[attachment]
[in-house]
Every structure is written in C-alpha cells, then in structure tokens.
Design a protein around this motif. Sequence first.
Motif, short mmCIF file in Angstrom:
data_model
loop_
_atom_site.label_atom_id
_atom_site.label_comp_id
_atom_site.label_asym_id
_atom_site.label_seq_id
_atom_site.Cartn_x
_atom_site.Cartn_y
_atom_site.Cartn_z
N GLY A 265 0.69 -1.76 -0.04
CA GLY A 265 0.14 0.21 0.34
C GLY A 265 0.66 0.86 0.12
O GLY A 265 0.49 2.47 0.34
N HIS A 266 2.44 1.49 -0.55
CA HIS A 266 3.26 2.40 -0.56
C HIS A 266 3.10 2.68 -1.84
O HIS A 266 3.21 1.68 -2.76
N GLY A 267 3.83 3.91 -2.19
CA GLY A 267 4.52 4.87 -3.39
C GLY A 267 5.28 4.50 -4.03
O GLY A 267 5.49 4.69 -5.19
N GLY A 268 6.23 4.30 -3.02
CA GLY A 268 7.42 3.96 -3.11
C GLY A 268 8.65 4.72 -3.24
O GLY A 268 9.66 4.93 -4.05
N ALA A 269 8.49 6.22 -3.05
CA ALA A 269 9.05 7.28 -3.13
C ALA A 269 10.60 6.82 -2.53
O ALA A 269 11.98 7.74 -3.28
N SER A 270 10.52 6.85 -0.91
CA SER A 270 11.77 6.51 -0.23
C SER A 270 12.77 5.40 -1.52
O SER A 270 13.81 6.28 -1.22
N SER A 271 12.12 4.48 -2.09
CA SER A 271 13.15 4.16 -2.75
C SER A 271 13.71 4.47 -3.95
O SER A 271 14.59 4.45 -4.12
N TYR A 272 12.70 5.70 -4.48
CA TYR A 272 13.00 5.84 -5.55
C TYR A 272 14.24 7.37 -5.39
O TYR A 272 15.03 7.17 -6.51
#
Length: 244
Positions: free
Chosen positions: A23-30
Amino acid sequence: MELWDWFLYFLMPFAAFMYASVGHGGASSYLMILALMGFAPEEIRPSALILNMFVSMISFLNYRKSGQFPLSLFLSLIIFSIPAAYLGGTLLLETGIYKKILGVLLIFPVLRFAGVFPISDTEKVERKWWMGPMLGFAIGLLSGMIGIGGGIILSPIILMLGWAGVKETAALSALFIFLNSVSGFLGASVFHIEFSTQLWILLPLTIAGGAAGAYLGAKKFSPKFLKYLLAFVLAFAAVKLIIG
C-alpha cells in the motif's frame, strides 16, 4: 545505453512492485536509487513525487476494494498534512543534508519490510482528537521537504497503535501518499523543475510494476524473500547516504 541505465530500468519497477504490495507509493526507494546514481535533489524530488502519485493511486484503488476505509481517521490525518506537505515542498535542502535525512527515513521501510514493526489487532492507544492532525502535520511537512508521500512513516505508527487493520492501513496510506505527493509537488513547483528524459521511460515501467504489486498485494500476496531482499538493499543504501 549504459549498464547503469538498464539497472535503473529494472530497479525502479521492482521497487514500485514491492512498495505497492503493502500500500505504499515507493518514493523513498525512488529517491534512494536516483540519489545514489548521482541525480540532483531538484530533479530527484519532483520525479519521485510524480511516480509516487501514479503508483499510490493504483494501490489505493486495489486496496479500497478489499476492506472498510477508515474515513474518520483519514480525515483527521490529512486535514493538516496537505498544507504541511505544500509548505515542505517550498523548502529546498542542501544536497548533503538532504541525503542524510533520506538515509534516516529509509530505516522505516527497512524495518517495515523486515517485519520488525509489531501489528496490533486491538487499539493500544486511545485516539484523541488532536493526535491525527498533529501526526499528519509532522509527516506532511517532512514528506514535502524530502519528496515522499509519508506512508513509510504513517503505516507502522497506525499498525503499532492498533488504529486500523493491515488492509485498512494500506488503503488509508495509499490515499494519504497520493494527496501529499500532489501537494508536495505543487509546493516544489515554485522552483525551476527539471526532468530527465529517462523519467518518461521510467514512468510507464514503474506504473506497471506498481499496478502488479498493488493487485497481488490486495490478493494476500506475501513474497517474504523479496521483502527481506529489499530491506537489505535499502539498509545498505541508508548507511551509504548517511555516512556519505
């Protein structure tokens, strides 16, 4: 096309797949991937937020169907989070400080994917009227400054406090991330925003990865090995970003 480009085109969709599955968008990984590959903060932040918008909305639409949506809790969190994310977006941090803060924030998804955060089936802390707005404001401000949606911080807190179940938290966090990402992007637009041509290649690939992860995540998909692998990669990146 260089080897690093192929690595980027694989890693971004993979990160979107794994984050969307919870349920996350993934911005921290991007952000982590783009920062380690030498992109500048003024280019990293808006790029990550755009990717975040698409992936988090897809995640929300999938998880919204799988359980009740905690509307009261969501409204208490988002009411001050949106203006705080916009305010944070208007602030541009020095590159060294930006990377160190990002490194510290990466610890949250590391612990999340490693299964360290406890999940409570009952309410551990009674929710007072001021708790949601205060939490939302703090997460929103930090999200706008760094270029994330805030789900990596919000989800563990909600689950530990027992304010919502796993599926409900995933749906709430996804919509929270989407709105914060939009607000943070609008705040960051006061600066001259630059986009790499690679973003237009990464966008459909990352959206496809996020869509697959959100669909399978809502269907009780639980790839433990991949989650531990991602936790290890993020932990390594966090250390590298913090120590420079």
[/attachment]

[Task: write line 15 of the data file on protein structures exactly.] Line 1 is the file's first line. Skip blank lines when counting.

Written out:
CA GLY A 265 0.14 0.21 0.34